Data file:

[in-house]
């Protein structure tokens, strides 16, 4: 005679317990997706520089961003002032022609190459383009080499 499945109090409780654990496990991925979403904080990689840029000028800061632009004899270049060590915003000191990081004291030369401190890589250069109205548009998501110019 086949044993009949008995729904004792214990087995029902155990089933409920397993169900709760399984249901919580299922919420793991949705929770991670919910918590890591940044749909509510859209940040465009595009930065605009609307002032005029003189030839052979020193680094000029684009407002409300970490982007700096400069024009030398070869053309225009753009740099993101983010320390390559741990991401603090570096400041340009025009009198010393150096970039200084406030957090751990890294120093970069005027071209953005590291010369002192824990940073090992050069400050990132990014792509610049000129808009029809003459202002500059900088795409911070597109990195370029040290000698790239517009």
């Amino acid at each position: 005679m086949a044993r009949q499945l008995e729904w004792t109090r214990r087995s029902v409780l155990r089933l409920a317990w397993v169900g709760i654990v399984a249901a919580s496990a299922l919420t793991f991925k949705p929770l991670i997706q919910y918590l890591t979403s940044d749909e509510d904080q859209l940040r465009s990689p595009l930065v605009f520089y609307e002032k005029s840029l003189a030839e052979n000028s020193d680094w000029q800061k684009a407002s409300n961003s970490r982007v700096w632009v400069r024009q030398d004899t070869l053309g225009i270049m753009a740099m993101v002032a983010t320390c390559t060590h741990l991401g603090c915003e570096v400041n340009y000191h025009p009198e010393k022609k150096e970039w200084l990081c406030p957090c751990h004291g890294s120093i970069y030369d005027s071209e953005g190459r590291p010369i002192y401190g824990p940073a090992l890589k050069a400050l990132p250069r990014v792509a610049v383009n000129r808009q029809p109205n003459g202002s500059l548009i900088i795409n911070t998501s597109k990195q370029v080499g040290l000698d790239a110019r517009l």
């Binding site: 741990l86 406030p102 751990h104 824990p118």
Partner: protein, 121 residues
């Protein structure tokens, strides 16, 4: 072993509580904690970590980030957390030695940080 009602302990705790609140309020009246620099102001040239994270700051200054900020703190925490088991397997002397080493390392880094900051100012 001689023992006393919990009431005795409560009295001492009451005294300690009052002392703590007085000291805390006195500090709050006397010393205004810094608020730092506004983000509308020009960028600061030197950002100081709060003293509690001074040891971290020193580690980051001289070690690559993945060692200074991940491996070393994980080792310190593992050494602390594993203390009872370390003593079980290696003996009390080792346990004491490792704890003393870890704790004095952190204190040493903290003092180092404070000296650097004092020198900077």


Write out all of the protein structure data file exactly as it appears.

[in-house]
């Protein structure tokens, strides 16, 4: 005679317990997706520089961003002032022609190459383009080499 499945109090409780654990496990991925979403904080990689840029000028800061632009004899270049060590915003000191990081004291030369401190890589250069109205548009998501110019 086949044993009949008995729904004792214990087995029902155990089933409920397993169900709760399984249901919580299922919420793991949705929770991670919910918590890591940044749909509510859209940040465009595009930065605009609307002032005029003189030839052979020193680094000029684009407002409300970490982007700096400069024009030398070869053309225009753009740099993101983010320390390559741990991401603090570096400041340009025009009198010393150096970039200084406030957090751990890294120093970069005027071209953005590291010369002192824990940073090992050069400050990132990014792509610049000129808009029809003459202002500059900088795409911070597109990195370029040290000698790239517009």
């Amino acid at each position: 005679m086949a044993r009949q499945l008995e729904w004792t109090r214990r087995s029902v409780l155990r089933l409920a317990w397993v169900g709760i654990v399984a249901a919580s496990a299922l919420t793991f991925k949705p929770l991670i997706q919910y918590l890591t979403s940044d749909e509510d904080q859209l940040r465009s990689p595009l930065v605009f520089y609307e002032k005029s840029l003189a030839e052979n000028s020193d680094w000029q800061k684009a407002s409300n961003s970490r982007v700096w632009v400069r024009q030398d004899t070869l053309g225009i270049m753009a740099m993101v002032a983010t320390c390559t060590h741990l991401g603090c915003e570096v400041n340009y000191h025009p009198e010393k022609k150096e970039w200084l990081c406030p957090c751990h004291g890294s120093i970069y030369d005027s071209e953005g190459r590291p010369i002192y401190g824990p940073a090992l890589k050069a400050l990132p250069r990014v792509a610049v383009n000129r808009q029809p109205n003459g202002s500059l548009i900088i795409n911070t998501s597109k990195q370029v080499g040290l000698d790239a110019r517009l």
């Binding site: 741990l86 406030p102 751990h104 824990p118």
Partner: protein, 121 residues
């Protein structure tokens, strides 16, 4: 072993509580904690970590980030957390030695940080 009602302990705790609140309020009246620099102001040239994270700051200054900020703190925490088991397997002397080493390392880094900051100012 001689023992006393919990009431005795409560009295001492009451005294300690009052002392703590007085000291805390006195500090709050006397010393205004810094608020730092506004983000509308020009960028600061030197950002100081709060003293509690001074040891971290020193580690980051001289070690690559993945060692200074991940491996070393994980080792310190593992050494602390594993203390009872370390003593079980290696003996009390080792346990004491490792704890003393870890704790004095952190204190040493903290003092180092404070000296650097004092020198900077």